This is Giles Allington who was a Knight...he lived from 1483-1522...his Father William Allington, died at the Battle of Bosworth Field. Giles was one of those ancestors which make my head spin when I read the second cousins etc...
I don't know anything about when these effigies were carved and put in place...no idea if you paid to have them made before you died or whether a member of your family arranged the carving and the installation. They do give you a good idea of the type of clothing in man in his position would have worn...and if you notice...his head is resting on the helmet he'd have worn for ceremonial and battle purposes.
And this is his son...also Giles, who lived from 1500-1586. Though I'd take the fact he lived for eighty-six years with a large pinch of salt! Practically all the dates for this period in history are approximate...or the favourite of the historian...about...shortened to abt.
You'll notice that son Giles has a ruff around his neck which would have been made from thick, heavily starched, linen and lace...it's pity the photograph doesn't show more of the rest of his body. He's lost the end of his nose unfortunately, but bearing in mind how long he and his Father have lain in a small village church in Cambridgeshire, I suppose it is more surprising they are so little damaged.

One of the more infuriating aspects of researching a family tree is that the further back one goes the easier it is to find information...especially when the branch of the family were noted down in Chancery Records and paid Hearth Tax and so on...I've found that this afternoon, when I was looking at the Allington family, that there were so many stories and so many records I became quite befuddled...there are upwards of three hundred people researching the same tree...each and every one has something slightly different to add...sorting out which is worth keeping and which to discard is problematic.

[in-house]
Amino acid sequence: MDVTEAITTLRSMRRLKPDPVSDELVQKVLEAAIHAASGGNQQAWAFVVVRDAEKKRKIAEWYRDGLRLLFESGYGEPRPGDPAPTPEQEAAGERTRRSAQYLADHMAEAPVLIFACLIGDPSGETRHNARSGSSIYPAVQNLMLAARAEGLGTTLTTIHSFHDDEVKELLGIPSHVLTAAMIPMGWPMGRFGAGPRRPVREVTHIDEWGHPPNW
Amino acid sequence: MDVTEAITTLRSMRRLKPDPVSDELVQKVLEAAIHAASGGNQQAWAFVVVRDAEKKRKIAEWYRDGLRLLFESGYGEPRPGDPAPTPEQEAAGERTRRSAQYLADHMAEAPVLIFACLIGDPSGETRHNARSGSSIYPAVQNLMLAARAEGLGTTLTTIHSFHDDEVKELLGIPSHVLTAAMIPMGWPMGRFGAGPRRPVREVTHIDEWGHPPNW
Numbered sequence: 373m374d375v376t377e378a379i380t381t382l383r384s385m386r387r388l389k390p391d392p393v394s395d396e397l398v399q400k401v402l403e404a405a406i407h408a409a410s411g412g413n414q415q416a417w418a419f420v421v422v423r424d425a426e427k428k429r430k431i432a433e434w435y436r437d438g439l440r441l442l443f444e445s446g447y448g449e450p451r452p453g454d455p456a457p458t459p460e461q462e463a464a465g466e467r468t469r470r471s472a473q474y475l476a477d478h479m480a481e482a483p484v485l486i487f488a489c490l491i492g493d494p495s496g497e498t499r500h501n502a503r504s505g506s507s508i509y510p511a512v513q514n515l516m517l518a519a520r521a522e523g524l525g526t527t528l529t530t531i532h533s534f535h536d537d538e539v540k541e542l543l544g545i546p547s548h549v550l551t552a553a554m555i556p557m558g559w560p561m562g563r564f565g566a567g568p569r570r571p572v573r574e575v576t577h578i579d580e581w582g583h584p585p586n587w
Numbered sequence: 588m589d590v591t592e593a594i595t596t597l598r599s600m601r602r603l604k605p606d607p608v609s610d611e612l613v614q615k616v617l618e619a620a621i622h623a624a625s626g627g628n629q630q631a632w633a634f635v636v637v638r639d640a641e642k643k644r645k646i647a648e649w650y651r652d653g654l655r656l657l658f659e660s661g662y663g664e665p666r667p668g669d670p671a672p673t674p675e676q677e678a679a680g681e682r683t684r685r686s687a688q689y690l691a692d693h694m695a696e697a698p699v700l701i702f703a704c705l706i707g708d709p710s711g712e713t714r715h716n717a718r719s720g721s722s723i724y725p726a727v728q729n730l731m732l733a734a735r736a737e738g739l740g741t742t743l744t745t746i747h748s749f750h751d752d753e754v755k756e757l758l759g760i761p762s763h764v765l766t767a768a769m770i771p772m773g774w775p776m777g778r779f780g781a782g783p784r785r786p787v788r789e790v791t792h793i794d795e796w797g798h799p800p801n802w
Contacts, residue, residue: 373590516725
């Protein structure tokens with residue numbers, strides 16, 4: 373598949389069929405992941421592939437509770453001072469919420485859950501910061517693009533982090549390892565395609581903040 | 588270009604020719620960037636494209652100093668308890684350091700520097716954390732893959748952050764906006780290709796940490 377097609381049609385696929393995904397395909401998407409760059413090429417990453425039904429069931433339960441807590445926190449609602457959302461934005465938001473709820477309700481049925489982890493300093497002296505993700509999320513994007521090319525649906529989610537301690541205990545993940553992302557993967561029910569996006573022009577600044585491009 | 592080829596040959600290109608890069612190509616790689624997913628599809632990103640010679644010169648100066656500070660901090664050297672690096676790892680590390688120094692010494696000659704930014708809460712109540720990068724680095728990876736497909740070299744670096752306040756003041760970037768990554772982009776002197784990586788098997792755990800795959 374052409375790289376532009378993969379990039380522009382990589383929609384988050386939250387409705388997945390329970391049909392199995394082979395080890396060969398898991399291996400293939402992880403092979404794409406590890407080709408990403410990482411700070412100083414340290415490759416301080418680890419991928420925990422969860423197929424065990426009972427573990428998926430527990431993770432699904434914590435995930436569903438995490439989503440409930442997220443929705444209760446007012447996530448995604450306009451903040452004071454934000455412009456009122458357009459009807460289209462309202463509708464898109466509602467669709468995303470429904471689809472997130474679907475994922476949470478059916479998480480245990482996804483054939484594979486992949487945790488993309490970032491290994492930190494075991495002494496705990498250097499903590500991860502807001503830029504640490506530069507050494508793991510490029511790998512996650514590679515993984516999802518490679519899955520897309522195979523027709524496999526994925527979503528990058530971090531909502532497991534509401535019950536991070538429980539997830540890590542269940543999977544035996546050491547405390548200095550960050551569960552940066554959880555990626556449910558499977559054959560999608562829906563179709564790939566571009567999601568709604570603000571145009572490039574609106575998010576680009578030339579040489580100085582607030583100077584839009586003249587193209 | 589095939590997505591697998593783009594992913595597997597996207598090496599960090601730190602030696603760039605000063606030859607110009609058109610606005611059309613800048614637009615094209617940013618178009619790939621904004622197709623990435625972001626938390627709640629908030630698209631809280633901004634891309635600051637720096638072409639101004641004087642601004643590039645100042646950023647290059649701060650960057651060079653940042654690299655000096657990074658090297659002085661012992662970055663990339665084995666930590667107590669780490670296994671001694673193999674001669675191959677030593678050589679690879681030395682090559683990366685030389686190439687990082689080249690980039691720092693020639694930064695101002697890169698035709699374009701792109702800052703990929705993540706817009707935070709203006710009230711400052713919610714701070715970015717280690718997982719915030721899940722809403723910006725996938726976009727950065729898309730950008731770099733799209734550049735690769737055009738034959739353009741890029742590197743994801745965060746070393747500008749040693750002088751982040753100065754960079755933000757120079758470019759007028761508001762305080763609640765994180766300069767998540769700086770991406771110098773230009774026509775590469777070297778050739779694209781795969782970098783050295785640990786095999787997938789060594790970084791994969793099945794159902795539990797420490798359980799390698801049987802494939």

Thank heavens for those who trawl the tiny village Churches and take photographs of places I'll never visit...
It is actually much more difficult to get a start on a family who's members were 'ordinary'...and if you find no-one else is researching the same family line then it is more difficult than ever.
But these people who married at fourteen and ate with the King and entertained others of their ilk and went down in history books because of who they were and the houses they built...they are easy. I look at them sometimes and am over-whelmed with historical facts...one of the Allingtons died from the Plague...another went to France...poor William met his end from a sword thrust on a battlefield...Agnes died in childbirth at just eighteen...their lives, and those of their contemparies, intermingled constantly with a cousin marrying a second cousin and a widow marrying her husbands brother...
They built huge rambling houses in the English countryside which were later left to the Jackdaws and the Foxes and the thieves who stripped the roofs of the slates and stole away anything of value...or they were simply demolished and their estates which they'd cared for so well were broken up and sold off in lots to the highest bidder...
I feel an empathy with the girls who married young, full of hope and joy and ended their lives far too soon in the agonies of childbirth...for the widows who married again and again to keep their lands and their grand homes and watched while each husband died from wounds gained on battlefields or from some unidentifiable disease...leaving them with twelve surviving children and an estate to run...
We can get inside the minds of the Victorians...we know for certain what interested them...what appalled them...how they spent their days. But we know little about those who lived so long ago...those men who lie in quiet country churches immortilised forever in stone.